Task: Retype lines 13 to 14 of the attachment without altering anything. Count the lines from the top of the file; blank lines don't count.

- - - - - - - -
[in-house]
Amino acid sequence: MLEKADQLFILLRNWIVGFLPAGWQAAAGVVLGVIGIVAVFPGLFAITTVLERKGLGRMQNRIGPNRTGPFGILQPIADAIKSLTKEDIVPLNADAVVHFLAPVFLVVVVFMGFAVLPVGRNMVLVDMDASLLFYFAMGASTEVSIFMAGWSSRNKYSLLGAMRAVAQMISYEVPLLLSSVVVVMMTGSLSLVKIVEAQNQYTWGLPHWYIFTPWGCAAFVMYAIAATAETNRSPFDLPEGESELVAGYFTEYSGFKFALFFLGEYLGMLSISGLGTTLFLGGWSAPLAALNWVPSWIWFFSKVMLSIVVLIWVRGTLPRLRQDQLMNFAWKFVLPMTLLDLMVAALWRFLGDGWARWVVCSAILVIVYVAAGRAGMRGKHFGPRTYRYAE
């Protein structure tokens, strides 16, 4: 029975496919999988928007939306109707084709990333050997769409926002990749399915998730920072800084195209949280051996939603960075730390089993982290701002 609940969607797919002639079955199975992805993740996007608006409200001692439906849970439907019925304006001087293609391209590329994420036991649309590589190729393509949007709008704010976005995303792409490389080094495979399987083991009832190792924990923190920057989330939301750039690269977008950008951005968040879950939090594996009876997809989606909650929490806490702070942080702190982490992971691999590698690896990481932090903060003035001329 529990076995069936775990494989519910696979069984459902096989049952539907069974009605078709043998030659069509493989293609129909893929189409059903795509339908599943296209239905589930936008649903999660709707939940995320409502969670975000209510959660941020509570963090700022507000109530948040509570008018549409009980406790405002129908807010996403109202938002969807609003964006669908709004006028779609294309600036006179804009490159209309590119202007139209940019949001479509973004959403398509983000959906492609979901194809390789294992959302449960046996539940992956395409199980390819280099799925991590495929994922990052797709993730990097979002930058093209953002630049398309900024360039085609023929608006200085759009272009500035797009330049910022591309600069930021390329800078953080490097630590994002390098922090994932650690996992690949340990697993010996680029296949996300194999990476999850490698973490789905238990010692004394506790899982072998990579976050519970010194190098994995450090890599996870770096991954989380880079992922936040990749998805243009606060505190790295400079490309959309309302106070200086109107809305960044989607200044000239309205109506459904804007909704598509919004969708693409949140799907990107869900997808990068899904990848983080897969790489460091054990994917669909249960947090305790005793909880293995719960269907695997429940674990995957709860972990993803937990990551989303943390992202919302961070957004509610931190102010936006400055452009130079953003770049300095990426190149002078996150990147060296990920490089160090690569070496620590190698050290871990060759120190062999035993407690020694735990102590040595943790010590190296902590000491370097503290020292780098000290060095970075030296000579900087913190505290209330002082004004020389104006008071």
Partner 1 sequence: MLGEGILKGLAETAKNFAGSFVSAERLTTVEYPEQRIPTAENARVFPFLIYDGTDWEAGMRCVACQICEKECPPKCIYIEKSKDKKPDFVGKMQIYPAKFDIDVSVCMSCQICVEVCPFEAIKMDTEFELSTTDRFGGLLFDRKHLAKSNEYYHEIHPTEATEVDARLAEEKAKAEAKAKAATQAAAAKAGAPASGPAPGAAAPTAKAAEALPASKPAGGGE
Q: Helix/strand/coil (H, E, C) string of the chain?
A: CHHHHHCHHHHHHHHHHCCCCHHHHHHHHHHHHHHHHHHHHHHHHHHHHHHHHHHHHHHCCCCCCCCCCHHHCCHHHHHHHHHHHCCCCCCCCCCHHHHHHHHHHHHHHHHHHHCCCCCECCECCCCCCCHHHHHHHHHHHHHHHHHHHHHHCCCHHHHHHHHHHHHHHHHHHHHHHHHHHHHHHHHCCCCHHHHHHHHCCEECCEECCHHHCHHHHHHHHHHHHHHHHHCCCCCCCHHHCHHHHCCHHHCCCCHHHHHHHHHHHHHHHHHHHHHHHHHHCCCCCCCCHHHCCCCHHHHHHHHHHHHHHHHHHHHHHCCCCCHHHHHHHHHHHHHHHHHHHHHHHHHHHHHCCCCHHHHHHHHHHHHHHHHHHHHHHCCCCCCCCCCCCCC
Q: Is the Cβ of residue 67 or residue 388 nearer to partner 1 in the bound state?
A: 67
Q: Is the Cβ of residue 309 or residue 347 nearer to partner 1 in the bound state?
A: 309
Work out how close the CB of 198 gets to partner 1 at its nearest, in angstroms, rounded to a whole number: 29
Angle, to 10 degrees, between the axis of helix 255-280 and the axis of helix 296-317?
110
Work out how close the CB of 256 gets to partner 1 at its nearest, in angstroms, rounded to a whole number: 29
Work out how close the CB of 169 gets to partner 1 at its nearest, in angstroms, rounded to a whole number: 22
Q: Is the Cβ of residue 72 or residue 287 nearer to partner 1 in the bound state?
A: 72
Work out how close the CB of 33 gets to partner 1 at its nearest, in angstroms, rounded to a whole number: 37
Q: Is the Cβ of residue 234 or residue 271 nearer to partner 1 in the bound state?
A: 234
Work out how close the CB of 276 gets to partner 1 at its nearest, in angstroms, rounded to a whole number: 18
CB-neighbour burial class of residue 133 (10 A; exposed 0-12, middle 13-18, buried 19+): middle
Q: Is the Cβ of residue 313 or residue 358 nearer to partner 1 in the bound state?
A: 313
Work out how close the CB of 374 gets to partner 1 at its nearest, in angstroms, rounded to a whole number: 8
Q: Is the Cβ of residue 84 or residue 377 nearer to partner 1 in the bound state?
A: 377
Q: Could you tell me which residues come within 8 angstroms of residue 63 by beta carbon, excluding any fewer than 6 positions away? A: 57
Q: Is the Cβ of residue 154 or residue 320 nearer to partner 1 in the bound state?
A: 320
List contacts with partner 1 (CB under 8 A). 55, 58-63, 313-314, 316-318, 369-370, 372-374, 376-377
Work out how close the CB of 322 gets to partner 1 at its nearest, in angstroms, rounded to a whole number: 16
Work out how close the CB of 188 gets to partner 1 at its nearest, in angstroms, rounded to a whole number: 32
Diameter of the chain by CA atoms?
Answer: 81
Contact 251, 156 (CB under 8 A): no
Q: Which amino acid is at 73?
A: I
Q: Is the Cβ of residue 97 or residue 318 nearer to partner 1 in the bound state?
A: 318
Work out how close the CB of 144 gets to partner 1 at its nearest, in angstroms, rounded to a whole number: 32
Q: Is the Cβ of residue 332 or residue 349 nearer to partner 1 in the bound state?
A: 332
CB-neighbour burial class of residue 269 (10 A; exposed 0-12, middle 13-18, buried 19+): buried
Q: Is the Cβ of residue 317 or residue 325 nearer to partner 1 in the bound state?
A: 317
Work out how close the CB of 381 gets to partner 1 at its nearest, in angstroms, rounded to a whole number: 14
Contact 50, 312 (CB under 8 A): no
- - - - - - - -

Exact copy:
110
Work out how close the CB of 256 gets to partner 1 at its nearest, in angstroms, rounded to a whole number: 29